Director and Lead Nurse, Cheshire
& Mersey Critical Care Network, UK
Dr Gary Masterson
Cheshire & Mersey Critical Care Network, Consultant in Critical Care Medicine
Royal Liverpool University Hospital, Liverpool, UK
A Network Lean Methodology Approach improves the cost-effectiveness of, and reduces the wastage in, critical care delivery.
What is Lean Methodology?
Lean methodology (LM) was originally developed by Toyota, and has since been adopted throughout British industry under various names, including Total Quality Management and Total Preventative Maintenance. It can be defined as a process of identifying the least wasteful way to provide value in order to produce better, safer and more cost-effective results without unnecessary delay.
Cost pressures and the worldwide economic downturn have driven the widespread implementation of lean methodology across the UK National Health Service (NHS). In this context the main aims are to:
• Get things right first time, thus improving quality and lowering costs;
• Empower staff to motivate them to sustain results;
• Make high quality evidence-based decisions;
• Improve flow to eliminate waste and reduce delays;
• Produce rapid results using workplace learning.
The Cheshire & Mersey Critical Care Network
The Cheshire & Mersey Critical Care Network (CMCCN) was first established in 2001 as part of the NHS Modernisation Agency programme. The CMCCN oversees the critical care units in 12 NHS acute hospital Trusts throughout the Cheshire and Mersey region in the North West of England. Over time the roles of the CMCCN have expanded to include contingency planning, commissioning, performance management, peer review and expert guidance amongst others; however a core function of the CMCCN has always been service improvement, overseen by the CMCCN Clinical Effectiveness Group. The principles of LM are particularly relevant to service improvement in critical care practice.
How Critical Care Medicine Can Use Lean Methodology
Critical care provides care for our very sickest patients and relies on the round-the-clock availability of a highly skilled multiprofessional team. It is a high-cost, low-volume, demand- led service, which is essential to hospitals with core services such as major elective surgery and emergency admissions. Although critical care in the UK represents only approximately 1% of acute beds, each unit employs a large number of direct care and indirect care professional staff, amounting to 1,500 individuals in the CMCCN. A collaborative approach to safe, equitable, efficient and effective critical care service is consistent with the principles of LM to ultimately improve patient experience and outcomes as well as reduce inequalities. However, for some patients in critical care, an improved outcome may be a well-managed and dignified death.
How the Cheshire & Mersey Critical Care Network Developed a Lean Approach Strategy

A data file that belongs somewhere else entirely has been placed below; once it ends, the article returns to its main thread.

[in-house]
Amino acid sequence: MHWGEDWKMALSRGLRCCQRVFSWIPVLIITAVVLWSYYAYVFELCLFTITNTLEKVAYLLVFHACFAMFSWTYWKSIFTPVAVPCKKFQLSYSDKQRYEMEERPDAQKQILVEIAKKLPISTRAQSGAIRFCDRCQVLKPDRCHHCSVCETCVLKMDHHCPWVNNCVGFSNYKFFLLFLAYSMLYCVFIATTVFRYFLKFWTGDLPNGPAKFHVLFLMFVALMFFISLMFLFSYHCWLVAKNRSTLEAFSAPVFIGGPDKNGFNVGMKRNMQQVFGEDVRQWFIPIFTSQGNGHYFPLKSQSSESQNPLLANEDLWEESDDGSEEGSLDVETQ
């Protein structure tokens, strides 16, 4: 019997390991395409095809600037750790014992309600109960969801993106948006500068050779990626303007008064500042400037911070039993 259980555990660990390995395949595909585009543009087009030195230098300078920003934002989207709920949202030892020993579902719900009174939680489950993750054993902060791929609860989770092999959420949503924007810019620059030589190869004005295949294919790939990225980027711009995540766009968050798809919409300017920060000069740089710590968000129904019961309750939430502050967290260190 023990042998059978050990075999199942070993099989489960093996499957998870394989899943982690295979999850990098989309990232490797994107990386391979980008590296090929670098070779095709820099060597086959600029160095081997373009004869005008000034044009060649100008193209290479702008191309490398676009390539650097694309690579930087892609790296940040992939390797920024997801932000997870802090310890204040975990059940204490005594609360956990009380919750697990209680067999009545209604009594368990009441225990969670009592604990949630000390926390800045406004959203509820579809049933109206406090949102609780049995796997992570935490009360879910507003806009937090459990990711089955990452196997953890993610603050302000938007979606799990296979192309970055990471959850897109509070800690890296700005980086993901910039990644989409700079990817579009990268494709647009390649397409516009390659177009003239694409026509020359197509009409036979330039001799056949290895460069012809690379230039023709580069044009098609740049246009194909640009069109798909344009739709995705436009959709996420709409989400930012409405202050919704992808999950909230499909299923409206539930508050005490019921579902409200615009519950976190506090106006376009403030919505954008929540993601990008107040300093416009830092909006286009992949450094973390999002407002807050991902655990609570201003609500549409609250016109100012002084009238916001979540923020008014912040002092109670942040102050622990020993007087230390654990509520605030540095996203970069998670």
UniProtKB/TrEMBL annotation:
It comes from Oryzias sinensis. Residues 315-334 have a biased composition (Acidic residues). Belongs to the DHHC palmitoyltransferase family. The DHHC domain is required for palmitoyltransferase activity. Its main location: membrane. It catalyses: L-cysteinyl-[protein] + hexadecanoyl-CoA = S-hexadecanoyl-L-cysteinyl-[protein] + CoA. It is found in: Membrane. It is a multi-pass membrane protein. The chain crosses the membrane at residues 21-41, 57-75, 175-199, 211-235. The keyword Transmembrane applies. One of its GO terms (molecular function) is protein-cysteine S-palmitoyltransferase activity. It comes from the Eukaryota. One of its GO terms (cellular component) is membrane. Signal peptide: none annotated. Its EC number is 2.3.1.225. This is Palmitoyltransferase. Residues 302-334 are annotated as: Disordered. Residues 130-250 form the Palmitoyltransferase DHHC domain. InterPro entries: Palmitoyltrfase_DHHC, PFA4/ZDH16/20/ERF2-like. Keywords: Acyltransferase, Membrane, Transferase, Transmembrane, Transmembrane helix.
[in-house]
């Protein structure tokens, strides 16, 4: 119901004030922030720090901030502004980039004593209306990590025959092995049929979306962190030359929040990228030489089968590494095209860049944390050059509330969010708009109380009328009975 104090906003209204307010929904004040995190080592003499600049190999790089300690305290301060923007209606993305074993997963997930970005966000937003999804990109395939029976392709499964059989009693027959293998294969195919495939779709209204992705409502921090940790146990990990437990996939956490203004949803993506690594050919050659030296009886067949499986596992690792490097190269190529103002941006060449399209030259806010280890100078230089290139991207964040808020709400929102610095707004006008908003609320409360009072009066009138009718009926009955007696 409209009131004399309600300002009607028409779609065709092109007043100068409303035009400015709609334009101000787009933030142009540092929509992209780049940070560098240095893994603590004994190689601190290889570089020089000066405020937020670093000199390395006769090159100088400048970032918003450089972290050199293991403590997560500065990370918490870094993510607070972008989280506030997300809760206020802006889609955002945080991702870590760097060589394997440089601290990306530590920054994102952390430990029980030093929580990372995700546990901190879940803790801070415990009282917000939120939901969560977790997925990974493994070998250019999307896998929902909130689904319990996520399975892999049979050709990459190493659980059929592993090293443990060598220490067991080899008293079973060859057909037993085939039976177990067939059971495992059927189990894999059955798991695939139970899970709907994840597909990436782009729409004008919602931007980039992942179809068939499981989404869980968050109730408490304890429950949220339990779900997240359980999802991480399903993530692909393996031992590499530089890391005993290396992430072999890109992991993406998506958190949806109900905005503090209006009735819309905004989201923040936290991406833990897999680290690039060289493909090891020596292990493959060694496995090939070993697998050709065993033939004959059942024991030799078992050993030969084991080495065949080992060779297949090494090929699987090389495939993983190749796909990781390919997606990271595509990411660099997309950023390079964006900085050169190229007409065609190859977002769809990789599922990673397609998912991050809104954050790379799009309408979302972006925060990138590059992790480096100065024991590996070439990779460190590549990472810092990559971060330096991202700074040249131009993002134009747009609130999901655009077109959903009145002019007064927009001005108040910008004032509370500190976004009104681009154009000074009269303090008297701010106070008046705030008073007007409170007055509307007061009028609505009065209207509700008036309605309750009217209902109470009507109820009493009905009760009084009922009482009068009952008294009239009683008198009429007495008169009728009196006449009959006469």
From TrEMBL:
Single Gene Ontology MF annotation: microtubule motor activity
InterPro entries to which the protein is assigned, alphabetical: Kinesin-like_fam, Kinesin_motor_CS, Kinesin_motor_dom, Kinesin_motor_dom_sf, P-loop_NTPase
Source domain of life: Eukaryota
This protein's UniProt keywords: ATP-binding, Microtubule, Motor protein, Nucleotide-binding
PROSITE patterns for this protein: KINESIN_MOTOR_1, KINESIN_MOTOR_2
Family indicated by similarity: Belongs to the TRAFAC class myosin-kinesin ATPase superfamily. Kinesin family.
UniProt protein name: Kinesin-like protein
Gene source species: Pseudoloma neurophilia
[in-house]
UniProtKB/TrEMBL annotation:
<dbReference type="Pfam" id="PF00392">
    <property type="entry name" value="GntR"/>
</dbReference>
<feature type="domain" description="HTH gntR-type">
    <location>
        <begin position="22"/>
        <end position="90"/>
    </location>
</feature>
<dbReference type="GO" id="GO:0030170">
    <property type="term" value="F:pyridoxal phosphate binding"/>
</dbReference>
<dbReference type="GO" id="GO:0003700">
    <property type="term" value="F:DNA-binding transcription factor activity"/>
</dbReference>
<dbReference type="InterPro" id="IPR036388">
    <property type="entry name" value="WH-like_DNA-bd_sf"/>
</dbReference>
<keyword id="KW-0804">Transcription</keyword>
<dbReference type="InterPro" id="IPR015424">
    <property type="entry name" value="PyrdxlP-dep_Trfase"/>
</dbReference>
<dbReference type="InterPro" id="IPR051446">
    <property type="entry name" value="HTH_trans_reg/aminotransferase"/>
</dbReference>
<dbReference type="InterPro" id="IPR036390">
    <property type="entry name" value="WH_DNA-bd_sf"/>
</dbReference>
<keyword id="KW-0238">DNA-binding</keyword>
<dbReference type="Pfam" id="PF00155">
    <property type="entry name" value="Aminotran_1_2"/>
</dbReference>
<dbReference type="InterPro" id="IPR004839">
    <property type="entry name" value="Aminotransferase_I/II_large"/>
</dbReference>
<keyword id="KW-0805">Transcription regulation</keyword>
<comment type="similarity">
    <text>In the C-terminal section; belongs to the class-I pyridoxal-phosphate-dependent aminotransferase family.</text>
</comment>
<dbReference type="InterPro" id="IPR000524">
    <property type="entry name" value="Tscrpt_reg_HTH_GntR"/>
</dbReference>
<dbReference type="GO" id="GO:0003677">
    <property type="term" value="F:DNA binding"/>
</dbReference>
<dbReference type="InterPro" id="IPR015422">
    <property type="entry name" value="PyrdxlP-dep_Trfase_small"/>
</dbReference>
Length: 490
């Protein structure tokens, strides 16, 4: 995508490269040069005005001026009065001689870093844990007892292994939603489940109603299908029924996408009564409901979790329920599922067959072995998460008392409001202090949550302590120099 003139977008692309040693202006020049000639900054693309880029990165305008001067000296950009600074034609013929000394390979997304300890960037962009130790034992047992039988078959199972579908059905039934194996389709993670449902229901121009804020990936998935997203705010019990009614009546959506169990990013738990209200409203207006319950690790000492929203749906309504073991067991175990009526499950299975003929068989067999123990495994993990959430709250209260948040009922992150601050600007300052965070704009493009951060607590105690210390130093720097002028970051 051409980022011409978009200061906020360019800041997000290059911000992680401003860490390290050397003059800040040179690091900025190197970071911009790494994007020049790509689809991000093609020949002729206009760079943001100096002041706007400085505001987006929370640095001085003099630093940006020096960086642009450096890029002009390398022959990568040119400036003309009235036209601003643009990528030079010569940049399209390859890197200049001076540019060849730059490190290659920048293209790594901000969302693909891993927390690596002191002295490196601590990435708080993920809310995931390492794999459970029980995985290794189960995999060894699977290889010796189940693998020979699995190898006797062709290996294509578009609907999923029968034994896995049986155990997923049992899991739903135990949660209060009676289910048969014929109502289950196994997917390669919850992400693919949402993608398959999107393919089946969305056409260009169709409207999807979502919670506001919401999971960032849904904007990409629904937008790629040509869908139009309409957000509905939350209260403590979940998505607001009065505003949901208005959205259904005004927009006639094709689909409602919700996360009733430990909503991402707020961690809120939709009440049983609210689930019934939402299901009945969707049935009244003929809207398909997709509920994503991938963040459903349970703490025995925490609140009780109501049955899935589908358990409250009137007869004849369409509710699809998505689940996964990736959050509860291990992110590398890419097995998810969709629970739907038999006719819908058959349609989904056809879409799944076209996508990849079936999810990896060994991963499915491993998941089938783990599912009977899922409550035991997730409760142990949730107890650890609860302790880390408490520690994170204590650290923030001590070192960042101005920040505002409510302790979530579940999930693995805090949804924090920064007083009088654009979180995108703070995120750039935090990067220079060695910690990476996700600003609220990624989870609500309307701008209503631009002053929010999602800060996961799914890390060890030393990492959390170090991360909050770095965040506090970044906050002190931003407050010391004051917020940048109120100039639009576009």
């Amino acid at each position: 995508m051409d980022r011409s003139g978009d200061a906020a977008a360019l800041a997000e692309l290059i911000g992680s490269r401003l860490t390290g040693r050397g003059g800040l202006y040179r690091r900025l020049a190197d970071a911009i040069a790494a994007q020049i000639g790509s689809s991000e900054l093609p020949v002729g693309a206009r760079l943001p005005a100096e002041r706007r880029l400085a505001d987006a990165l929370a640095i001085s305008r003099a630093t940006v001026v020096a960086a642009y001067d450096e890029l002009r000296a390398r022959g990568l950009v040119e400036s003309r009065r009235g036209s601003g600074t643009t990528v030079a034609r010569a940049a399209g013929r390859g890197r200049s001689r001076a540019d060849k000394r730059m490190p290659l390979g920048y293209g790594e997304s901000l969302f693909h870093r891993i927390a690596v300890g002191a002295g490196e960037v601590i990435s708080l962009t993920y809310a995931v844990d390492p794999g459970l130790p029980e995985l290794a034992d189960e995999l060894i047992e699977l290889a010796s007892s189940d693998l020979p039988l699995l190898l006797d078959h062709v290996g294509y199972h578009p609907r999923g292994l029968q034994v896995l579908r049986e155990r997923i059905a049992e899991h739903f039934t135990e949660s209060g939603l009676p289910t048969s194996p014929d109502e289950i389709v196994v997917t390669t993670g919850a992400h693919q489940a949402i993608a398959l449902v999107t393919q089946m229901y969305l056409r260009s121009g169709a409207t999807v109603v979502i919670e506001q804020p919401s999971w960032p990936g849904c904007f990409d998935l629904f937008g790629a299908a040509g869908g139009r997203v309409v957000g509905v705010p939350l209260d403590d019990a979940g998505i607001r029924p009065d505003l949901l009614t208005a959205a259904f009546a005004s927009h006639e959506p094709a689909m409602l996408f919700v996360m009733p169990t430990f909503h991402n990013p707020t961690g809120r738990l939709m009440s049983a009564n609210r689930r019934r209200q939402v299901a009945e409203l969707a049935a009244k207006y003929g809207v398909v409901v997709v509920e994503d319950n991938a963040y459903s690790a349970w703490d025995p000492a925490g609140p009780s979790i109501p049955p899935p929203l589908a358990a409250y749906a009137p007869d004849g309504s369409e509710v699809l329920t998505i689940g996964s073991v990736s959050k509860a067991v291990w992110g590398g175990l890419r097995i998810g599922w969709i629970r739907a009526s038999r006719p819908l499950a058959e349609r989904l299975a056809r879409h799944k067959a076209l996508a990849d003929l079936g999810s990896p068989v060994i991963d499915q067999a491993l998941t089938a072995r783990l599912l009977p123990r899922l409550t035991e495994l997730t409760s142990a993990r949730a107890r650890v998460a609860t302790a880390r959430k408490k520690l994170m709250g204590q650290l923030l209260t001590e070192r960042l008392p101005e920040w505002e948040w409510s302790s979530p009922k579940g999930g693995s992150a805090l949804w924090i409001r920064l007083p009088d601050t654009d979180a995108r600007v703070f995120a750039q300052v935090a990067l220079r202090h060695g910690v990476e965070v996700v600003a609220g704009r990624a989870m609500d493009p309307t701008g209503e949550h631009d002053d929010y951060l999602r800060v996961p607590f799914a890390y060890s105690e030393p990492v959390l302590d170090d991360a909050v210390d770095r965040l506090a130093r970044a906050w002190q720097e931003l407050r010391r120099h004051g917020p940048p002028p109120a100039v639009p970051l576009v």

Patients are admitted to critical care when organ support is required, and can therefore present from any clinical pathway. The CMCCN supports all of its trusts to manage the critical care pathway, including end-of-life care. This is achieved through a clear strategic focus on agreed strategy, priorities and regular reviews of measures to quantify progress.
The CMCCN Clinical Group is the key expert body, which manages both critical care-related issues and developments across Cheshire & Mersey. The Clinical Group’s membership comprises multiprofessional clinical leaders from all hospitals across the Network.
The CMCCN acts in a facilitative clinical governance capacity to ensure that safe practice is in place in all of the Network’s constituent units. When compliance with agreed standards is not being achieved the CMCCN alerts the relevant organisations involved to effect change. The CMCCN Medical Lead plays a key role in this process by ensuring that provider organisations comply with current national and local policy. The end result is that patients can be assured that only safe and effective services are actually commissioned.
The CMCCN supports Trusts and commissioners in prioritising critical care service developments and their associated financial consequences, in line with agreed strategy and priorities on a Network basis. The CMCCN advises on the need for additional investment or disinvestment, as well as identifying areas where efficiency might be further improved:
• Through the Clinical Group, new and updated clinical pathways are discussed and may result in modernisation and improved efficiency (as an example the collaboration with laboratory services to improve access to investigation results at specific times to meet clinical need).
• The CMCCN is leading a work programme to identify opportunities to enhance patient recovery, to reduce length of stay, to ensure that safe clinical pathways are delivered consistently, contributing towards a reduction in patient length of stay and therefore costs. A similar project is planned for critical care follow- up services.
• The CMCCN supports the development of pathways that maximise the utilisation of resources and teams that are already available.